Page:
Flynn Collins didn’t become a great soccer player by eating McDonald’s for breakfast, KFC for lunch and Subway for dinner.
Just this once, he made an exception. The Marmion senior forward figured he’d earned it.
His fast-food binge – Collins threw in Subway for something “healthysh,” he said – came on the heels of seven weeks of being unable to eat solid foods in the aftermath of jaw surgery that ended his senior season. The high-scoring forward from Batavia took the worst of a jarring collision with St. Charles East goalkeeper Mike Novotny during a match at East in September.
“As soon as I could eat food, I literally went out to three fast food restaurants and just ate everything I could just because I could,” Collins said. “I felt awful the next couple days, but I missed it so much it was ridiculous.”
After a difficult fall – physically and emotionally – things are looking up for Collins, who was cleared last month to play club soccer and, more recently, committed to play college soccer at Division III Simpson College in Indianola, Iowa.
Not exactly big-boned to begin with, Collins said he lost 22 pounds during the fall with his mouth wired shut. Blending up peanut butter and whatever high-protein foods he and his family could think up only went so far, and his weight plummeted from 145 to 123 pounds.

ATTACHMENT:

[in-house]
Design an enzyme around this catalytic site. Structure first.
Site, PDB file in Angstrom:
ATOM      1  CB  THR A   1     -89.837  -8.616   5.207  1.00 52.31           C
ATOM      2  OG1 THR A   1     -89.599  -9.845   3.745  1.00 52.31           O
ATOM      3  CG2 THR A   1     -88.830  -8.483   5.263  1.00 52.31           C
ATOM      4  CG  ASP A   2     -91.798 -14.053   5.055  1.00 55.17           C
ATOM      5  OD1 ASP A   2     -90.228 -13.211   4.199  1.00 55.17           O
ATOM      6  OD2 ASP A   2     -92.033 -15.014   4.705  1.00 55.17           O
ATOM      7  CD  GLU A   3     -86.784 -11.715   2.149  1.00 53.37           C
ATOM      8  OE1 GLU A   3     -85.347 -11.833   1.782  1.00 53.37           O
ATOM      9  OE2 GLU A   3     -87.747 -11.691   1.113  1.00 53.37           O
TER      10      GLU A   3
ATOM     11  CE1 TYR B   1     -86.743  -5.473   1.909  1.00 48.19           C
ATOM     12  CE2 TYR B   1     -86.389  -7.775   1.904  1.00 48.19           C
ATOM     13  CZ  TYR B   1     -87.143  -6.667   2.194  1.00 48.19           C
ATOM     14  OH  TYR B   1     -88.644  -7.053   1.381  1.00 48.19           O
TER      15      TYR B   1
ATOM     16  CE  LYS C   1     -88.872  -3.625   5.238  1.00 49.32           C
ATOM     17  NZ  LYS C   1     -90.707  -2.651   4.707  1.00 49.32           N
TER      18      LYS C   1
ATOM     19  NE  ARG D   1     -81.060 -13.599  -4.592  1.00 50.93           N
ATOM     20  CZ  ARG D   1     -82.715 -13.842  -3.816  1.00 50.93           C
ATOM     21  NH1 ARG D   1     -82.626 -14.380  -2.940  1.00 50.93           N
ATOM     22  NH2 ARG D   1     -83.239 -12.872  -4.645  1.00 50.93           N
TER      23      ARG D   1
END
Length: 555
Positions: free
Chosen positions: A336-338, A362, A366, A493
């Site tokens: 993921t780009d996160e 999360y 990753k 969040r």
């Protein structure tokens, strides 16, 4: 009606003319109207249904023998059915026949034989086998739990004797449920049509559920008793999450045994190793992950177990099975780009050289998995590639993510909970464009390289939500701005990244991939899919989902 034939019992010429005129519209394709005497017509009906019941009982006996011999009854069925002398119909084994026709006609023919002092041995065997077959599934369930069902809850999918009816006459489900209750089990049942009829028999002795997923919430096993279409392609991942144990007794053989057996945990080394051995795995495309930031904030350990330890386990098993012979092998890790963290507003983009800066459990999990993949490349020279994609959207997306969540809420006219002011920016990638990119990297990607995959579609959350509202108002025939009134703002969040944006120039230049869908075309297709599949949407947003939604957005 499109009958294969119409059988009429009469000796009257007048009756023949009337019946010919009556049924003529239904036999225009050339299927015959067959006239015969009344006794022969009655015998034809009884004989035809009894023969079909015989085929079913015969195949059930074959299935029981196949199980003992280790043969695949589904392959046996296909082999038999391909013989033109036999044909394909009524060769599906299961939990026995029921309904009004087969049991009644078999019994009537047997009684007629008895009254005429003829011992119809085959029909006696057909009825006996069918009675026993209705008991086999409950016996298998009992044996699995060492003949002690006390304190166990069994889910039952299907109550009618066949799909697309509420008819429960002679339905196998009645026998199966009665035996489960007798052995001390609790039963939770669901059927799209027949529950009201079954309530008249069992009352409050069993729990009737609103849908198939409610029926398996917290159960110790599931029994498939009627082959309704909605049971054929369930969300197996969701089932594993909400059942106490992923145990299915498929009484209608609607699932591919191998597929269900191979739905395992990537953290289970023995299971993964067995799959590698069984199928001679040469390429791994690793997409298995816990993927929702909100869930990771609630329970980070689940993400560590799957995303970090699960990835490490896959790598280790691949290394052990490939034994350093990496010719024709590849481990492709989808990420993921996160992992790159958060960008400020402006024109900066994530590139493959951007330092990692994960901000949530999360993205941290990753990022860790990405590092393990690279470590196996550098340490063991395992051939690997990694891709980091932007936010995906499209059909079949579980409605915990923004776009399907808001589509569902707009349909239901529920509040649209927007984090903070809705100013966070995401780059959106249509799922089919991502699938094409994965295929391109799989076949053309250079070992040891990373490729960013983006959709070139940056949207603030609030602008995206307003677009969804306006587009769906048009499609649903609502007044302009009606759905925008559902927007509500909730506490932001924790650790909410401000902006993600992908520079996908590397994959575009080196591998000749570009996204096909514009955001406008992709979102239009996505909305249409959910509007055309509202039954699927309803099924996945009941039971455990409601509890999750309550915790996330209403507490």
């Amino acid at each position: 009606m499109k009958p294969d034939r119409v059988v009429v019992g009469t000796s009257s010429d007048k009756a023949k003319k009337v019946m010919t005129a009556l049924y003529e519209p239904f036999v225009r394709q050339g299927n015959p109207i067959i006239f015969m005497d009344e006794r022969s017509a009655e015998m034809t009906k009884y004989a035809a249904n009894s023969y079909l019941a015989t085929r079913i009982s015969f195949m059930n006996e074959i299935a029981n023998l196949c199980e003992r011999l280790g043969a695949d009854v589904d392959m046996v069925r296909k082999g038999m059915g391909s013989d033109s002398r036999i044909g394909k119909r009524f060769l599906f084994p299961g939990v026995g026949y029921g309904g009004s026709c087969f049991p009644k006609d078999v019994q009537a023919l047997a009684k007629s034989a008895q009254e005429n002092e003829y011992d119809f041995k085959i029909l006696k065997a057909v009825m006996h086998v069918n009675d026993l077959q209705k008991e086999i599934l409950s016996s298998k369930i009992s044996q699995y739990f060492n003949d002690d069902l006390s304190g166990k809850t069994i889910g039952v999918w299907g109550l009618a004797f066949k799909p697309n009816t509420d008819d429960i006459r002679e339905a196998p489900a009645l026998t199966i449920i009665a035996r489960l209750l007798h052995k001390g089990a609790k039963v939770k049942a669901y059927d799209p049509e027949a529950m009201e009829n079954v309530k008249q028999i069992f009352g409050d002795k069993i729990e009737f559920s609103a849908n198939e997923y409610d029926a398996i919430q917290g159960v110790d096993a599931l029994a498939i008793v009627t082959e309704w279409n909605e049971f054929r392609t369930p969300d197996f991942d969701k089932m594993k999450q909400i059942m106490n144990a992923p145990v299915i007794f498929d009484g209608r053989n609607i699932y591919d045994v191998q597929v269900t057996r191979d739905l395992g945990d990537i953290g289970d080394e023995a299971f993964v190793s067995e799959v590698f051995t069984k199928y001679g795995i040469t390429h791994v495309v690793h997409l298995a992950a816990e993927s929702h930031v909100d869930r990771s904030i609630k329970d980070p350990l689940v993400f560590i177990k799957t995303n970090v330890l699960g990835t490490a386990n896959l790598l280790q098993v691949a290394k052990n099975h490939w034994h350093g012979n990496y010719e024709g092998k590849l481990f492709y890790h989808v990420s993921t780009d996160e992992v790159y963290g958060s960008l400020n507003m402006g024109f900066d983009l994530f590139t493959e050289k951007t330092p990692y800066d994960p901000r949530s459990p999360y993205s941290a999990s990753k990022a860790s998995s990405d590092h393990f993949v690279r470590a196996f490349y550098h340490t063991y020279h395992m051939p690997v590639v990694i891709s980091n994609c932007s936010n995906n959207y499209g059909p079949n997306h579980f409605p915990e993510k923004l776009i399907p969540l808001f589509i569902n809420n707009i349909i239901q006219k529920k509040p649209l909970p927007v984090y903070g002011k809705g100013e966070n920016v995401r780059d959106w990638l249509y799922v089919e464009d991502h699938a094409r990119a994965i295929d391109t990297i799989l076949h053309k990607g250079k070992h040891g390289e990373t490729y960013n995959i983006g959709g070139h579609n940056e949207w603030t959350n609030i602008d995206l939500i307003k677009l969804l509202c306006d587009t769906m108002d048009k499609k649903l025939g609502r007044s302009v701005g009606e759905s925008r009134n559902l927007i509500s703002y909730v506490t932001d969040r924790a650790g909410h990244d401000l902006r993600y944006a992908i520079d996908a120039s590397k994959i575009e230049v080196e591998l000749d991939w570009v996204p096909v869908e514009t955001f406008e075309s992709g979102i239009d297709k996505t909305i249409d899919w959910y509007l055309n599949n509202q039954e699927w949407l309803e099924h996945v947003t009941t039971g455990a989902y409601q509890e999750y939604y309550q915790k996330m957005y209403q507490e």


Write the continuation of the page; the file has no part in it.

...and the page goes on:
“It definitely was a lot different,” Collins said. “I was a lot lighter. It was really rough because I’d feel weak, I’d feel light. I felt like I couldn’t really do anything. I felt I’d get out of shape really fast because I had like no fat to use for energy. That was kind of rough, but eventually, I got used to it.”
Collins gradually has put the weight back on and said he’s mostly moved beyond the injury, although he’s still restoring his conditioning with his new club team, Campton United.
Quirkily enough, Novotny is also new to Campton United, so the two are club teammates.
Novotny missed most of the rest of his season, too, after the collision.
“Him and I are pretty close now,” Collins said. “We’re kind of working on our friendship, just putting that behind us.”
Collins was well on his way to a monster senior year for the Cadets, having scored 15 goals with four assists in 12 matches. He was an all-area selection and was voted team MVP.
Collins said the injury might have disrupted his college recruiting momentum but also caused him to more deeply appreciate the schools that stayed with him.
His choice came down to Simpson and Loras College, with Simpson coming out ahead in part because he envisioned becoming more of a focal point in Simpson’s program.
There is one unfinished aspect of the recovery Collins is eager to complete before heading off to college.
The collision cracked several of his teeth and he still has a missing front tooth that he anticipates being replaced in March.
“For me that’ll be like the final thing where, alright, I’m done with it – it happened, but it’s not affecting me anymore,” Collins said. “So when that final tooth comes in, I’ll be like ‘I’m me,’ I guess.”
• Jay Schwab is sports editor of the Kane County Chronicle. He can be reached at 630-845-5382 or firstname.lastname@example.org.